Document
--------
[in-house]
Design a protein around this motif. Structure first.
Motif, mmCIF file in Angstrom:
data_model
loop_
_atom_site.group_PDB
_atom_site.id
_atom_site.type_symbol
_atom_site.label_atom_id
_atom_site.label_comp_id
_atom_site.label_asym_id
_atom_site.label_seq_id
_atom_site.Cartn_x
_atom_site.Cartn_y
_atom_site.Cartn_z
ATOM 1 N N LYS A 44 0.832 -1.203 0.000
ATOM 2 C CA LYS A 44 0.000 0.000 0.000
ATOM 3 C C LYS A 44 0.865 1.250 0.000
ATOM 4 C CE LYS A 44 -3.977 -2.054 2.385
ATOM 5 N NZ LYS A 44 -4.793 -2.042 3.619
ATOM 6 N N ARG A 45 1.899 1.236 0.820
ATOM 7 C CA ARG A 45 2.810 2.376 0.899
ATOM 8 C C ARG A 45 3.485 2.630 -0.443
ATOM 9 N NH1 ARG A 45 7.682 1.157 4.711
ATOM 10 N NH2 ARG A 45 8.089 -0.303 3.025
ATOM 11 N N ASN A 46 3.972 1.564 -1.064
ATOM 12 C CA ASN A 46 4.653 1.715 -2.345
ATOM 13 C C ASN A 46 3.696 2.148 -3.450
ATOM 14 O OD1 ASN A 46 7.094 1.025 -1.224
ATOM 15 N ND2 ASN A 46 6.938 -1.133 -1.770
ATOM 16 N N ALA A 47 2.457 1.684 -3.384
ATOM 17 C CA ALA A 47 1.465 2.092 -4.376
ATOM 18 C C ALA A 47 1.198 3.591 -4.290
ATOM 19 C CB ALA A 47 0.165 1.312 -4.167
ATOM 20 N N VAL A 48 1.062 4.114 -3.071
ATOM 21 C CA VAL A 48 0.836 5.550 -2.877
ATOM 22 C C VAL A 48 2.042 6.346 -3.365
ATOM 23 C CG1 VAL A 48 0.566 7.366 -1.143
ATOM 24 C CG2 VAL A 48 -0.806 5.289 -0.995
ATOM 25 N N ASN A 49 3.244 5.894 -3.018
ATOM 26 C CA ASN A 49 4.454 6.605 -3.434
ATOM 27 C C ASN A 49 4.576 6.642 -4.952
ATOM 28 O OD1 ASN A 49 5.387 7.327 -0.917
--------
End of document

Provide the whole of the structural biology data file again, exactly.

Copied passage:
[in-house]
Design a protein around this motif. Structure first.
Motif, mmCIF file in Angstrom:
data_model
loop_
_atom_site.group_PDB
_atom_site.id
_atom_site.type_symbol
_atom_site.label_atom_id
_atom_site.label_comp_id
_atom_site.label_asym_id
_atom_site.label_seq_id
_atom_site.Cartn_x
_atom_site.Cartn_y
_atom_site.Cartn_z
ATOM 1 N N LYS A 44 0.832 -1.203 0.000
ATOM 2 C CA LYS A 44 0.000 0.000 0.000
ATOM 3 C C LYS A 44 0.865 1.250 0.000
ATOM 4 C CE LYS A 44 -3.977 -2.054 2.385
ATOM 5 N NZ LYS A 44 -4.793 -2.042 3.619
ATOM 6 N N ARG A 45 1.899 1.236 0.820
ATOM 7 C CA ARG A 45 2.810 2.376 0.899
ATOM 8 C C ARG A 45 3.485 2.630 -0.443
ATOM 9 N NH1 ARG A 45 7.682 1.157 4.711
ATOM 10 N NH2 ARG A 45 8.089 -0.303 3.025
ATOM 11 N N ASN A 46 3.972 1.564 -1.064
ATOM 12 C CA ASN A 46 4.653 1.715 -2.345
ATOM 13 C C ASN A 46 3.696 2.148 -3.450
ATOM 14 O OD1 ASN A 46 7.094 1.025 -1.224
ATOM 15 N ND2 ASN A 46 6.938 -1.133 -1.770
ATOM 16 N N ALA A 47 2.457 1.684 -3.384
ATOM 17 C CA ALA A 47 1.465 2.092 -4.376
ATOM 18 C C ALA A 47 1.198 3.591 -4.290
ATOM 19 C CB ALA A 47 0.165 1.312 -4.167
ATOM 20 N N VAL A 48 1.062 4.114 -3.071
ATOM 21 C CA VAL A 48 0.836 5.550 -2.877
ATOM 22 C C VAL A 48 2.042 6.346 -3.365
ATOM 23 C CG1 VAL A 48 0.566 7.366 -1.143
ATOM 24 C CG2 VAL A 48 -0.806 5.289 -0.995
ATOM 25 N N ASN A 49 3.244 5.894 -3.018
ATOM 26 C CA ASN A 49 4.454 6.605 -3.434
ATOM 27 C C ASN A 49 4.576 6.642 -4.952
ATOM 28 O OD1 ASN A 49 5.387 7.327 -0.917